The Battle of Verdun: A Captivating Guide to the Longest and Largest Battle of World War 1 That Took Place on the Western Front Between Germany and France by Captivating History

If you want to discover the captivating history of the Battle of Verdun, then keep reading…Free History BONUS Inside!Today, the landscape is marked by shell craters, pillboxes, and empty trenches. Mother Nature has tried to reclaim the terrain; the trees have grown again, and the ground is covered by lush green grass, but despite her best efforts, the scars on the landscape still remain, a constant reminder of the devastation and misery that was experienced here more than a century ago.And that is as it should be because the world should never forget what happened in this small corner of France. The battle scars on the landscape of Verdun are a testament to the horrors of a war that will live on in the collective memory of a nation forever, but they are also a memorial to the brave men who fought and died in the muddy fields defending their country and their countrymen from a foreign invader. But Verdun was not just a battle; it was a seminal moment in French history. This is the battle that defines the First World War for France, but it cannot be viewed in isolation. It is part of a far greater story, influenced by the many events and battles that took place during this bloody time in Europe’s history. In The Battle of Verdun: A Captivating Guide to the Longest and Largest Battle of World War 1 That Took Place on the Western Front Between Germany and France, you will discover topics such asThe Road to VerdunThe Citadel of VerdunThe Significance of VerdunThe First Phase of the Battle of VerdunThe Battle of Verdun Gets Bogged Down in the TrenchesA Summer in HellAnd much, much more!So if you want to learn more about the Battle of Verdun, scroll up and click the “add to cart” button!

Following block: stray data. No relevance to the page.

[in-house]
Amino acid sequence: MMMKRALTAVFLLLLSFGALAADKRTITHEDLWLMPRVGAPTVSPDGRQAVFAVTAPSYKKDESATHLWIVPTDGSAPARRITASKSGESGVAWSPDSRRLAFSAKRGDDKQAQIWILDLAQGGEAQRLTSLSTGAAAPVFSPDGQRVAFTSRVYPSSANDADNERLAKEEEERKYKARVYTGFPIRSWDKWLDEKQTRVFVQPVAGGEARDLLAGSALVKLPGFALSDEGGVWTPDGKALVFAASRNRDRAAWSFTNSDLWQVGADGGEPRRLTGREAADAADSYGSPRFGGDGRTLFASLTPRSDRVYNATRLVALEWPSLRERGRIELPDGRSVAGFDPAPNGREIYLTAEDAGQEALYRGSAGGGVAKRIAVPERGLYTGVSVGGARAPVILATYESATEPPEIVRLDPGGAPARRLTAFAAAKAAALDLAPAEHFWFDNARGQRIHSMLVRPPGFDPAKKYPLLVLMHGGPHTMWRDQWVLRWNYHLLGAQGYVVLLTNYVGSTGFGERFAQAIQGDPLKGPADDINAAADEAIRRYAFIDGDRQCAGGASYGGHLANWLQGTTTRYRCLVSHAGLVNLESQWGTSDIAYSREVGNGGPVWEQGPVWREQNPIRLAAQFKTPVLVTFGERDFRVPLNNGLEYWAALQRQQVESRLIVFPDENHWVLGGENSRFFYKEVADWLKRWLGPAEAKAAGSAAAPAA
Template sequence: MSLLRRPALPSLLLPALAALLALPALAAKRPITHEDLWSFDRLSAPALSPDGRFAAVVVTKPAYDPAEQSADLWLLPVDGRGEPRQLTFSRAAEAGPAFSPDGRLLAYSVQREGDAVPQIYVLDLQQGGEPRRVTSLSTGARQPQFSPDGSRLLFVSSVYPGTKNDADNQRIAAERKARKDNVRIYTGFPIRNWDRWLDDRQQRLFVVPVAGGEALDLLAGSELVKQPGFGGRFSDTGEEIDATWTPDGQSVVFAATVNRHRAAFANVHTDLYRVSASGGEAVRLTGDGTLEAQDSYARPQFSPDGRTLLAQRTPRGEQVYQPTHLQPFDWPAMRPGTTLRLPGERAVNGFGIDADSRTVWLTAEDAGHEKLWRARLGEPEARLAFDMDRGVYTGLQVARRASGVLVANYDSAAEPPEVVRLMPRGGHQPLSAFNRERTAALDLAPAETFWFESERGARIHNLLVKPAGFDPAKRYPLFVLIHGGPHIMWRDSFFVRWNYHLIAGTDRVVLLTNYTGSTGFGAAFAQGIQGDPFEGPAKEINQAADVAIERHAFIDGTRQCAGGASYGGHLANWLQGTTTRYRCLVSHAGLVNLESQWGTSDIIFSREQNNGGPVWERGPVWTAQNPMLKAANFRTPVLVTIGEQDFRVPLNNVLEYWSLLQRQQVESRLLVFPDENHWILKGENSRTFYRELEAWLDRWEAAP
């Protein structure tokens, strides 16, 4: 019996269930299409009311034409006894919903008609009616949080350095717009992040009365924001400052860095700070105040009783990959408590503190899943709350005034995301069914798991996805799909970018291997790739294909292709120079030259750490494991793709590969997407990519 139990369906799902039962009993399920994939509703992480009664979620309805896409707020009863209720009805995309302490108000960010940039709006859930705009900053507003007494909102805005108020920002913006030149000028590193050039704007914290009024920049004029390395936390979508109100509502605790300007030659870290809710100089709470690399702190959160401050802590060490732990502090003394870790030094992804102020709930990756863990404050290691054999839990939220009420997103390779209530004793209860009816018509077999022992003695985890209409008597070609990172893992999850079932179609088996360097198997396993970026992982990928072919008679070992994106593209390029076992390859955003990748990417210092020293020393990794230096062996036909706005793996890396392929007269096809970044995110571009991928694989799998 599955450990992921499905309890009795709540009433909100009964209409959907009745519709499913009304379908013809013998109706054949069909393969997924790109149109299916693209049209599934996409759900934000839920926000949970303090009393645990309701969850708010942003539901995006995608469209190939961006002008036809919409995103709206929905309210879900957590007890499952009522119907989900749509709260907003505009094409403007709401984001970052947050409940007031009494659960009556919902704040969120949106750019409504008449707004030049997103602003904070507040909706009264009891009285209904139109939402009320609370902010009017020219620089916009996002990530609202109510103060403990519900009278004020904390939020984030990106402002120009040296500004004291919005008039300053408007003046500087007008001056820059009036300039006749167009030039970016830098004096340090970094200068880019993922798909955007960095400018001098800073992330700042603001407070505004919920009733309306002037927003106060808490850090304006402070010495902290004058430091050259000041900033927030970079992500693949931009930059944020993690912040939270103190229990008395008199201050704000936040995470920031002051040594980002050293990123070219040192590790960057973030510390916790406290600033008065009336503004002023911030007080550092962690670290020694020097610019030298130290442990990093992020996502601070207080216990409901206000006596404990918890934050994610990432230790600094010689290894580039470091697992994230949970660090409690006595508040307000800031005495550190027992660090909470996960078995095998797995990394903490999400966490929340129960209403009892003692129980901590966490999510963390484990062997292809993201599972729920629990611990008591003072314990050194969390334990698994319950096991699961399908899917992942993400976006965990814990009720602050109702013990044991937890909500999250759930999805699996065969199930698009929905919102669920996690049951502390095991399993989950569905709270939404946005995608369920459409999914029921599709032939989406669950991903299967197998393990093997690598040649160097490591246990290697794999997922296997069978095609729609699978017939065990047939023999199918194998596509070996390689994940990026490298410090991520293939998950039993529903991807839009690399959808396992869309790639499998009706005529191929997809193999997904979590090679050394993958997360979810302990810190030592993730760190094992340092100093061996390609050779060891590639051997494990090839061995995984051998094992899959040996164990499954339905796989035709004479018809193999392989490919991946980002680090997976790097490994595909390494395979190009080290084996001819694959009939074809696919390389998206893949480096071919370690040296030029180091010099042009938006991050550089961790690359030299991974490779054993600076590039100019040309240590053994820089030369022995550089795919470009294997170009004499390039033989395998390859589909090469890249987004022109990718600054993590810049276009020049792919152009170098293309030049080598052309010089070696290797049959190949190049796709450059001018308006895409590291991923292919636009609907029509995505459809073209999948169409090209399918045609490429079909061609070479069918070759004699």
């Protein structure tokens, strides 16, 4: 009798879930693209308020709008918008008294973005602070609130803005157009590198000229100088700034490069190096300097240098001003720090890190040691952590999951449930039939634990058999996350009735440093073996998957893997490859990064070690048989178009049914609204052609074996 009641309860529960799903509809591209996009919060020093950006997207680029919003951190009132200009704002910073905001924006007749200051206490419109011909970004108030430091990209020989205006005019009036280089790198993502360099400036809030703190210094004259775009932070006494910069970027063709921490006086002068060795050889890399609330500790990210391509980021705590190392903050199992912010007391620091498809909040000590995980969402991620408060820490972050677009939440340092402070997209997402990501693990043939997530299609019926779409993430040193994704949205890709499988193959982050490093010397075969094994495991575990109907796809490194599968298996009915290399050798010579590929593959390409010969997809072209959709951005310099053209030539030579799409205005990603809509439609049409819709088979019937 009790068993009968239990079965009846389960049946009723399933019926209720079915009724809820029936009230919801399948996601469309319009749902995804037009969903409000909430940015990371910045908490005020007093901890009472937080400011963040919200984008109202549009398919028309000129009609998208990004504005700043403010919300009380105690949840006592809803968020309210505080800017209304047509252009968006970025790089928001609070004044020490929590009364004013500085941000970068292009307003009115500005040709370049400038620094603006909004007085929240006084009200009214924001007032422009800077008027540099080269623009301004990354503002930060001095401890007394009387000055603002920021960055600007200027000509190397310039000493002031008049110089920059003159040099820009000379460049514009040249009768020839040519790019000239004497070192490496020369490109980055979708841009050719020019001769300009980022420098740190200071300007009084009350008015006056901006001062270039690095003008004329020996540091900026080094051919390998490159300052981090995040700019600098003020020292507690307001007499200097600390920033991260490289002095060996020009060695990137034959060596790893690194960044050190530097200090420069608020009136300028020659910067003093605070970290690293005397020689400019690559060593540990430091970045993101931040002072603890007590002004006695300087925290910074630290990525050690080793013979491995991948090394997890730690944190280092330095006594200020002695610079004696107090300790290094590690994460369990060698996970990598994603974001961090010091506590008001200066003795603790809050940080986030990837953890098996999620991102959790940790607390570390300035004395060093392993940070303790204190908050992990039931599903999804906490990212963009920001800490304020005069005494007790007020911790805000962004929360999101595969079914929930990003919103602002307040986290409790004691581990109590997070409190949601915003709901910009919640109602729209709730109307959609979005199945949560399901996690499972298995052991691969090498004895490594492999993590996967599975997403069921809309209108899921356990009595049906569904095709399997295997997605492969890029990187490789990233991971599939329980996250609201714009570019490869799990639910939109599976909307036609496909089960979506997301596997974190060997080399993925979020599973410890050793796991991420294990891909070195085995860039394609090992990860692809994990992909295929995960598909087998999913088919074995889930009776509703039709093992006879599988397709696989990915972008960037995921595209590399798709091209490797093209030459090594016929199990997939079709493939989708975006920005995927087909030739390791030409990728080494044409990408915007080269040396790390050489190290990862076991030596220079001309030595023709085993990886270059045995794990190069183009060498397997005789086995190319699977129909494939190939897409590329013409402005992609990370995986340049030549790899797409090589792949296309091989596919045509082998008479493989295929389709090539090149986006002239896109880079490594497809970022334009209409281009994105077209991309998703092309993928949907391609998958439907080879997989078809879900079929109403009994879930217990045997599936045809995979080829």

Author: Captivating History

Rating: Rating: 4.80 / 5
5 reviews

Revolution of the Mind: Higher Learning among the Bolsheviks, 1918–1929 (Studies of the Harriman Institute) by Michael David-Fox

Using archival materials never previously accessible to Western scholars, Michael David-Fox analyzes Bolshevik Party educational and research initiatives in higher learning after 1917. His fresh consideration of the era of the New Economic Policy and cultural politics after the Revolution explains how new communist institutions rose to parallel and rival conventional higher learning from the Academy of Sciences to the universities. Beginning with the creation of the first party school by intellectuals on the island of Capri in 1909, David-Fox argues, the Bolshevik cultural project was tightly linked to party educational institutions. He provides the first account of the early history and politics of three major institutions founded after the Revolution: Sverdlov Communist University, where the quest to transform everyday life gripped the student movement; the Institute of Red Professors, where the Bolsheviks sought to train a new communist intellectual or red specialist; and the Communist Academy, headquarters for a planned, collectivist, proletarian science.

Author: Michael David-Fox

Rating: Rating: 5.00 / 5
5 reviews

The Battle of Verdun: A Captivating Guide to the Longest and Largest Battle of World War 1 That Took Place on the Western Front Between Germany and France by Captivating History

If you want to discover the captivating history of the Battle of Verdun, then keep reading…Free History BONUS Inside!Today, the landscape is marked by shell craters, pillboxes, and empty trenches. Mother Nature has tried to reclaim the terrain; the trees have grown again, and the ground is covered by lush green grass, but despite her best efforts, the scars on the landscape still remain, a constant reminder of the devastation and misery that was experienced here more than a century ago.And that is as it should be because the world should never forget what happened in this small corner of France. The battle scars on the landscape of Verdun are a testament to the horrors of a war that will live on in the collective memory of a nation forever, but they are also a memorial to the brave men who fought and died in the muddy fields defending their country and their countrymen from a foreign invader. But Verdun was not just a battle; it was a seminal moment in French history. This is the battle that defines the First World War for France, but it cannot be viewed in isolation. It is part of a far greater story, influenced by the many events and battles that took place during this bloody time in Europe’s history. In The Battle of Verdun: A Captivating Guide to the Longest and Largest Battle of World War 1 That Took Place on the Western Front Between Germany and France, you will discover topics such asThe Road to VerdunThe Citadel of VerdunThe Significance of VerdunThe First Phase of the Battle of VerdunThe Battle of Verdun Gets Bogged Down in the TrenchesA Summer in HellAnd much, much more!So if you want to learn more about the Battle of Verdun, scroll up and click the “add to cart” button!